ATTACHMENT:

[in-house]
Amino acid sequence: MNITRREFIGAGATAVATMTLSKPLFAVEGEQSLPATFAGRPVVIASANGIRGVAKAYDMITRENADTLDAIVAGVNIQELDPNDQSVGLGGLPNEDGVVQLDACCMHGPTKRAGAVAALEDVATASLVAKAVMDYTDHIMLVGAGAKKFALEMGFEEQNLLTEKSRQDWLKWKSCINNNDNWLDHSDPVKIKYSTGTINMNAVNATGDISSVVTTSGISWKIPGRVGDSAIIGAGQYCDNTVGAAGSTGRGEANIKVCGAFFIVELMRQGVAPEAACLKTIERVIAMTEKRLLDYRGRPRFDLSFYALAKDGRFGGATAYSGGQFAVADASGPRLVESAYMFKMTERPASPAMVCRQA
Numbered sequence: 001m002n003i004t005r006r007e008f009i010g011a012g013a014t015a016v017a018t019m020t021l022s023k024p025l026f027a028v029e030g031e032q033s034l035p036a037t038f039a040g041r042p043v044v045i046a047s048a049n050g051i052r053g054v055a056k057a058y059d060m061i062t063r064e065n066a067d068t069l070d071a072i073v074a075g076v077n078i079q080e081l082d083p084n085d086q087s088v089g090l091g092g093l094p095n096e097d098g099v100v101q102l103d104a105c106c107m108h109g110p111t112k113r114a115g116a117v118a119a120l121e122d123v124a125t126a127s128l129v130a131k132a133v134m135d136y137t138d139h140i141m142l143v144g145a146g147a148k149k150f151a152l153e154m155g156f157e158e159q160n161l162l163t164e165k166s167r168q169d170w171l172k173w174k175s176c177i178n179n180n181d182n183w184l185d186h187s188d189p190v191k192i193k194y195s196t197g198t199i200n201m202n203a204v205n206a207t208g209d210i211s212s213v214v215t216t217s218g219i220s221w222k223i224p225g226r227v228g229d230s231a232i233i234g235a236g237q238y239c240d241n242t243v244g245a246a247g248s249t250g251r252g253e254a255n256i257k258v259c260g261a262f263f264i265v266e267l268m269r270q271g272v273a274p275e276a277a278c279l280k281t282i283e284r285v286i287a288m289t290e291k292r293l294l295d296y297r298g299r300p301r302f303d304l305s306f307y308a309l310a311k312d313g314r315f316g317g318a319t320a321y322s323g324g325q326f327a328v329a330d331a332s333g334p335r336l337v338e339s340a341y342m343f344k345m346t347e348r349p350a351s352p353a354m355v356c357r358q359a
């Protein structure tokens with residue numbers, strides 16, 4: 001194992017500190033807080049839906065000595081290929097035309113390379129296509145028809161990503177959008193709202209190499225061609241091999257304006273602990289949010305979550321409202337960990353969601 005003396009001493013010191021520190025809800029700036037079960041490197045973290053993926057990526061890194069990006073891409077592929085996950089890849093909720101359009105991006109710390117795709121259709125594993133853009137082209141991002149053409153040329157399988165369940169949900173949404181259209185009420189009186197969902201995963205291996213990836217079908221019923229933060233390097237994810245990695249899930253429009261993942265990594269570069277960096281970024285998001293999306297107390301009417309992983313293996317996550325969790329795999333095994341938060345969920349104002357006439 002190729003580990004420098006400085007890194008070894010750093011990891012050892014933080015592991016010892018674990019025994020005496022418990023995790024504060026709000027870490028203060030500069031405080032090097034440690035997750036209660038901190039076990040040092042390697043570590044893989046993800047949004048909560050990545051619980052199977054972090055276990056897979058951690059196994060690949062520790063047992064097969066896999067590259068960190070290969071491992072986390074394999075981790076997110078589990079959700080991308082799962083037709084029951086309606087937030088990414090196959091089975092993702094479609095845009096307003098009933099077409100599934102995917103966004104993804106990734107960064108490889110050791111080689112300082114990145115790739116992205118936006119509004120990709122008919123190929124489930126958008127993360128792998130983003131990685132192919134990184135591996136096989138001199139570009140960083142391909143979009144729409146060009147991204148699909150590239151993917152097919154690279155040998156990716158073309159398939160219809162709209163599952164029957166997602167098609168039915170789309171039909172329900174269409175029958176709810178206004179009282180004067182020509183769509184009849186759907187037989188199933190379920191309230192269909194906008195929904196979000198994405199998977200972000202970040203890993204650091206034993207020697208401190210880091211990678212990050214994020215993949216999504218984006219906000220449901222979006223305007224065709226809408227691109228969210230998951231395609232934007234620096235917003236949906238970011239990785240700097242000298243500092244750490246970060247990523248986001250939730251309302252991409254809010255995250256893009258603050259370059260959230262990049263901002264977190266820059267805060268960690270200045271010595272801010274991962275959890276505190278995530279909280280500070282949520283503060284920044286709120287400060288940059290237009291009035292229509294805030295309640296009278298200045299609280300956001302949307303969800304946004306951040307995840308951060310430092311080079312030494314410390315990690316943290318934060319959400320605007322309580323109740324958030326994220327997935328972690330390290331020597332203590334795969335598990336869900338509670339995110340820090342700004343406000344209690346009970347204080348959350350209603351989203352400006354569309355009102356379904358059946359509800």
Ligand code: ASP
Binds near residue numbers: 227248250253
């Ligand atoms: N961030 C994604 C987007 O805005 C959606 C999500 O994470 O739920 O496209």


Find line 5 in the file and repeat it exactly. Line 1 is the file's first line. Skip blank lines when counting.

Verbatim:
Ligand code: ASP